Instead of using the polarization of single photons to represent the bits
of a key, a sender -- Alice -- would randomly choose an amplitude and
phase for each weak laser pulse she sends to Bob, Grangier said. The method
works because amplitude and phase are non-commuting quantum variables,
which means they, like the pairs of polarizations, cannot be measured
simultaneously. "This can be used to hide the secret key," he said.
The researchers' scheme also contains a twist. Its process of comparing
bits reverses Alice's and Bob's usual roles. "The trick of reverse reconciliation
is that the correct key is not what was sent by Alice, but rather what
was received by Bob," said Grangier.
Reversing the process incorporates transmission errors into the key, said
Grangier. This is more secure because Eve can only intercept messages
before they get to Bob. "Eve always knows less about what was received
by Bob than about what was sent by Alice," he said. This gives Alice and
Bob a larger advantage over Eve compared to standard quantum key distribution
systems, he added.
The difficult part of putting together the scheme was evaluating how much
information is shared by the sender, receiver and eavesdropper, said Gangier.
"While this is simple and well-known for photon counting, it was not clearly
done for [multi-photon systems] before our work," he said.
The researchers have proved the system is secure in some situations, but
have work to do to prove that it is perfectly secure. The initial results
look good, however, said Grangier. "Our feeling is that the protocol is
also robust against more general attacks, but this remains to be proven."
The researchers are not the first to propose a multi-photon quantum key
distribution system, but the other methods generally rely on unusual,
hard-to-produce light beams.
The work is "undoubtedly... the most advanced [multi-photon] quantum crypto
demonstration," said Nicolas Gisin, a professor of applied physics at
the University of Geneva in Switzerland.
The distance the scheme can be used over is limited, however, said Gisin.
"It is not clear how realistic the proposal is for significantly longer
distances." More work also needs to be done before the security of the
system is clear, he added.
The researchers are working on testing the protocol at the wavelengths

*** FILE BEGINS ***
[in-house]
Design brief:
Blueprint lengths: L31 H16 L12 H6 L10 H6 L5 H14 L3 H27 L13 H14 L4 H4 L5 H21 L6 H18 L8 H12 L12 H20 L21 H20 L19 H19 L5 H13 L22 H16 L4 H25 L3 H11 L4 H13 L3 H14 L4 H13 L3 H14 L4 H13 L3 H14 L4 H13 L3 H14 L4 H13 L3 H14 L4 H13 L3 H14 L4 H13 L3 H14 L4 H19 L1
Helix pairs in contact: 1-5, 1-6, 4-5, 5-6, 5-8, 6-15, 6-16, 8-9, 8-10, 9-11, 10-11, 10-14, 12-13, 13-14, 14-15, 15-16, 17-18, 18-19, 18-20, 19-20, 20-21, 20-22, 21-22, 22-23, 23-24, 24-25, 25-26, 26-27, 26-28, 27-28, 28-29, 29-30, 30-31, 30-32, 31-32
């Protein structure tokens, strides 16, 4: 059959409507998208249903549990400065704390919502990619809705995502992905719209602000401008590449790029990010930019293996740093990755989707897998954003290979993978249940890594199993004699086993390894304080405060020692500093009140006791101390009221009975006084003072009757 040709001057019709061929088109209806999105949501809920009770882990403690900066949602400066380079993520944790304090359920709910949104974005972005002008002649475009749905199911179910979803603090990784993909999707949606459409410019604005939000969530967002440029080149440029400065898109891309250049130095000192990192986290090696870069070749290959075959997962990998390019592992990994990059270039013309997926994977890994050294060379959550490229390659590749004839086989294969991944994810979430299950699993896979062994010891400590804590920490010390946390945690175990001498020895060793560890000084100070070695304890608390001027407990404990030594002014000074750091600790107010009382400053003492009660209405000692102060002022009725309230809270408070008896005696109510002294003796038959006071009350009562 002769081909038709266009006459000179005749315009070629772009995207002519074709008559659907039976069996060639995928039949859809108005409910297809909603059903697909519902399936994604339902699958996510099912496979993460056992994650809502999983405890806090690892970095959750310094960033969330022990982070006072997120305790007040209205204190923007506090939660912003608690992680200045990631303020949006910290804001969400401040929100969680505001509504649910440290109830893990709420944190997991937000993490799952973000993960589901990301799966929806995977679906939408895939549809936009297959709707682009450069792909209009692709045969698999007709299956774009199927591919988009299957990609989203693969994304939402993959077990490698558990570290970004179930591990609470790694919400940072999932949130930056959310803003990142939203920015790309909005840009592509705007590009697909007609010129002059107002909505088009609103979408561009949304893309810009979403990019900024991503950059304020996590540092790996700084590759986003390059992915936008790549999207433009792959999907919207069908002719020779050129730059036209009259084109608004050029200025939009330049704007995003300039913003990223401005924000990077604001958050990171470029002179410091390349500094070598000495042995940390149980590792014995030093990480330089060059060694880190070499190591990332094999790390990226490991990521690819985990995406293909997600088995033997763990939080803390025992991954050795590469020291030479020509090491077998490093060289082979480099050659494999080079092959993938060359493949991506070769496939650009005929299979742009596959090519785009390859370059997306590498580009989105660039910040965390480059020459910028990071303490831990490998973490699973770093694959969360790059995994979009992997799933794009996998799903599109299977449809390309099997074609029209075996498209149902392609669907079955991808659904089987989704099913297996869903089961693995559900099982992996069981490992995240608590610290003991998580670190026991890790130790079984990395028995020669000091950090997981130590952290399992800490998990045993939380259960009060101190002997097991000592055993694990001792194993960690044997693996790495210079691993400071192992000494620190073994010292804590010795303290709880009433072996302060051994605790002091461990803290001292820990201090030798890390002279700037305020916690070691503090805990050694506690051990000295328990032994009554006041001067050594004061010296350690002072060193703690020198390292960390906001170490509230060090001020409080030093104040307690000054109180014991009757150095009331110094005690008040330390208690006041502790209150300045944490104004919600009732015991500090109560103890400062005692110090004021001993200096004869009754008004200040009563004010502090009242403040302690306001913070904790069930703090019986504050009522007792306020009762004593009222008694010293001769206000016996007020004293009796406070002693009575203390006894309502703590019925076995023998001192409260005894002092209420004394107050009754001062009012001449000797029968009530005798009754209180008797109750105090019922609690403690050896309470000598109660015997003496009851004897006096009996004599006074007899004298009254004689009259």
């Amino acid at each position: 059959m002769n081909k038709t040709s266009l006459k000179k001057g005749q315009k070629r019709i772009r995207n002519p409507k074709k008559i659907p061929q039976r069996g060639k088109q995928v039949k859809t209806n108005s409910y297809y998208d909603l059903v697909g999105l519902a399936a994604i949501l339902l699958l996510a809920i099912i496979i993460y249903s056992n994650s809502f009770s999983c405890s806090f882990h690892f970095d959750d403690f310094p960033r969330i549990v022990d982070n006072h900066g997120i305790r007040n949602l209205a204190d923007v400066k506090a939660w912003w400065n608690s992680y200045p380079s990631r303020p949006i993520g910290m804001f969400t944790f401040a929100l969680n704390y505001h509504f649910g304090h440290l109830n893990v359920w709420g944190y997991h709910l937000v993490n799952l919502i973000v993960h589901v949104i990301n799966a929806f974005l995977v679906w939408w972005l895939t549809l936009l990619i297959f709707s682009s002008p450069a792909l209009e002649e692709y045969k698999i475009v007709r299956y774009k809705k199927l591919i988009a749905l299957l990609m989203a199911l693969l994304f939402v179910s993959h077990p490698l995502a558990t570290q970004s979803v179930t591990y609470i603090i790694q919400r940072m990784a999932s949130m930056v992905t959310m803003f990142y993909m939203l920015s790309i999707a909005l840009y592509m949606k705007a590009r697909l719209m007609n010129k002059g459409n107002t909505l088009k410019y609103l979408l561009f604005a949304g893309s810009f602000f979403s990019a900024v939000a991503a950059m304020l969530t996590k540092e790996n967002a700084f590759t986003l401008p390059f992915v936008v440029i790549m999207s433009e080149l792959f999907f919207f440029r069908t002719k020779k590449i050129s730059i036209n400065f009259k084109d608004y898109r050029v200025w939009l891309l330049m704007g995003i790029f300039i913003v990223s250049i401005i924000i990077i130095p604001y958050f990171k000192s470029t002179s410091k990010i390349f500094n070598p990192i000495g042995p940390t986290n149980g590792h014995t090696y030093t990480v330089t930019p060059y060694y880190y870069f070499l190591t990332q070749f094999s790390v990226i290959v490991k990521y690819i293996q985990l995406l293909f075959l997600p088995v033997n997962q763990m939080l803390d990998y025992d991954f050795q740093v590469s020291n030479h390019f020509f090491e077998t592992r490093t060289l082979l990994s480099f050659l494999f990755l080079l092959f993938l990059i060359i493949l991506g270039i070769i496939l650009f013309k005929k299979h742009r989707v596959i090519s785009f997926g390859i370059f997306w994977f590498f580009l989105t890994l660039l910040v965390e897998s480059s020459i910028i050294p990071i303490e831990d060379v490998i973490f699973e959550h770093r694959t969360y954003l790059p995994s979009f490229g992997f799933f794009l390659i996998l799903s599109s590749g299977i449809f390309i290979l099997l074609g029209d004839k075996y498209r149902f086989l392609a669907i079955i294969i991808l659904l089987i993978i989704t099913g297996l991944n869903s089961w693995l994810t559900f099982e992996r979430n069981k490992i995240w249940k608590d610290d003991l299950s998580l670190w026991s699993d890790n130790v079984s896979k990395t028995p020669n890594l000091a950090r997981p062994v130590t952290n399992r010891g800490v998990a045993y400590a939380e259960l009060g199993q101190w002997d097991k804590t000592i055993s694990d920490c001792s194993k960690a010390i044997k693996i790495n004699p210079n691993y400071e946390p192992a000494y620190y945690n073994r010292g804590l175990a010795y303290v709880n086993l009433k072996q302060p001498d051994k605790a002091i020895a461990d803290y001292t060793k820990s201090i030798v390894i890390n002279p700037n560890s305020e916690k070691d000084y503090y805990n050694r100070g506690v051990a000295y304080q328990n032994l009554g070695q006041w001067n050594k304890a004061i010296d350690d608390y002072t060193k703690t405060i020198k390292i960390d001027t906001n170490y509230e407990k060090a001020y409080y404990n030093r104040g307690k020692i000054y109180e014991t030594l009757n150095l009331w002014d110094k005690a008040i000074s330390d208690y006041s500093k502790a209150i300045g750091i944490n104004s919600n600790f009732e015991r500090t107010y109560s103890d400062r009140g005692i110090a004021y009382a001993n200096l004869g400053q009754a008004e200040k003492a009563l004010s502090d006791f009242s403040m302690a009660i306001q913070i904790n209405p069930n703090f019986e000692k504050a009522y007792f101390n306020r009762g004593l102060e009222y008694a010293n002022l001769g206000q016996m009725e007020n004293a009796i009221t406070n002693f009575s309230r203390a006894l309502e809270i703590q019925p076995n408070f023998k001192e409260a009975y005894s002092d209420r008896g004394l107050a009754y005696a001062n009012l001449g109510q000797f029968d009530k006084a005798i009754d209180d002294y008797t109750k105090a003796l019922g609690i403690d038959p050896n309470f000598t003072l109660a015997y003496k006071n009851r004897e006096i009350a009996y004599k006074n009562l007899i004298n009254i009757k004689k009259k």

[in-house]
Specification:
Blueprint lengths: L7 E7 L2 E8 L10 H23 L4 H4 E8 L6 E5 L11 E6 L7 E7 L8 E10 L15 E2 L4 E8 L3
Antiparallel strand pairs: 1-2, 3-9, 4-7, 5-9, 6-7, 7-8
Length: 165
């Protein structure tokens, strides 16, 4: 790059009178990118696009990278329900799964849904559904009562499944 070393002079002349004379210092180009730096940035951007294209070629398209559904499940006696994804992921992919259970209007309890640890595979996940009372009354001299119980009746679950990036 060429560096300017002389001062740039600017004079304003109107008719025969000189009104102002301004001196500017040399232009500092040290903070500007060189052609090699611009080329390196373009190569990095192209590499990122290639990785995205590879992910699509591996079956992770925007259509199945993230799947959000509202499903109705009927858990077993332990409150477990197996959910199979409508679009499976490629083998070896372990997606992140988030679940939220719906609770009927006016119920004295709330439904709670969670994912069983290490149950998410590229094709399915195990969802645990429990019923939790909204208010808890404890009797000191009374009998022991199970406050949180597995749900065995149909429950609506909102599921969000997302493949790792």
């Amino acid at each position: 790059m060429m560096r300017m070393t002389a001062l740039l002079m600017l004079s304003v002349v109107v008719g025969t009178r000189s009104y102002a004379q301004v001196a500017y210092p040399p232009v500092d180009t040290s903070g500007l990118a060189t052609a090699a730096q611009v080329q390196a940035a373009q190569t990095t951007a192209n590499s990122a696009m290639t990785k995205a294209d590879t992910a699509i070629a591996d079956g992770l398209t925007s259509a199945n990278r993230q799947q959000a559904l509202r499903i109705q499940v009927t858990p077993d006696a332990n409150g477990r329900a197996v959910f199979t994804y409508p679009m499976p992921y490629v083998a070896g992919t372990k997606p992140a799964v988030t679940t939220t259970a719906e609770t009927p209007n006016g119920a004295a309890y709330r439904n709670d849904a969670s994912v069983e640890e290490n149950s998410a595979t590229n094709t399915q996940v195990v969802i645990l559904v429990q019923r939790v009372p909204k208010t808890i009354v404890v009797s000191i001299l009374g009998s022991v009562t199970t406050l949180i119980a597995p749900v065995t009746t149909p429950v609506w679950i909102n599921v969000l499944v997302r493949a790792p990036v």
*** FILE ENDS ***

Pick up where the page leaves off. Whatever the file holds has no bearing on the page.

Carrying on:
used by today's telecommunications systems, said Grangier. "The first
challenge [is] using telecom integrated modulators and optical fibers
at [a wavelength of] 1,550 nanometers instead of our present bulk optics
set-up at 780 nanometers," he said.
They are also looking into quantum repeaters, he said. "We're also interested
in... quantum repeaters that would do for quantum key distribution what
optical repeaters can do for usual telecommunications, i.e., reaching
arbitrarily large distances [using] optical fibers," he said.
How close the scheme is to practical depends on exactly how it will be
used, said Grangier. "Since quantum key distribution setups are now on
the market, the problem is no [longer] only technological," said Gangier.
"One should decide what is ultimately needed: high bit [rates] over short
distances [or] smaller bits rates over larger distances; fiber systems
or free space systems?"
Gangier's research colleagues were Frédéric Grosshans, Jérôme Wenger and
Rosa Brouri from the Institute of Optics, and Gilles Van Assche and Nicolas
J. Cerf from the Free University of Brussels in Belgium. They published
the research in the January 16, 2003 issue of the journal Nature. The
research was funded by the European Union Information Society Technologies
TRN Categories: Quantum Computing and Communications; Cryptography
Story Type: News
Related Elements: Technical paper, "Quantum Key Distribution
Using Gaussian-Modulated Coherent States," Nature, January 16, 2003.
29/February 5, 2003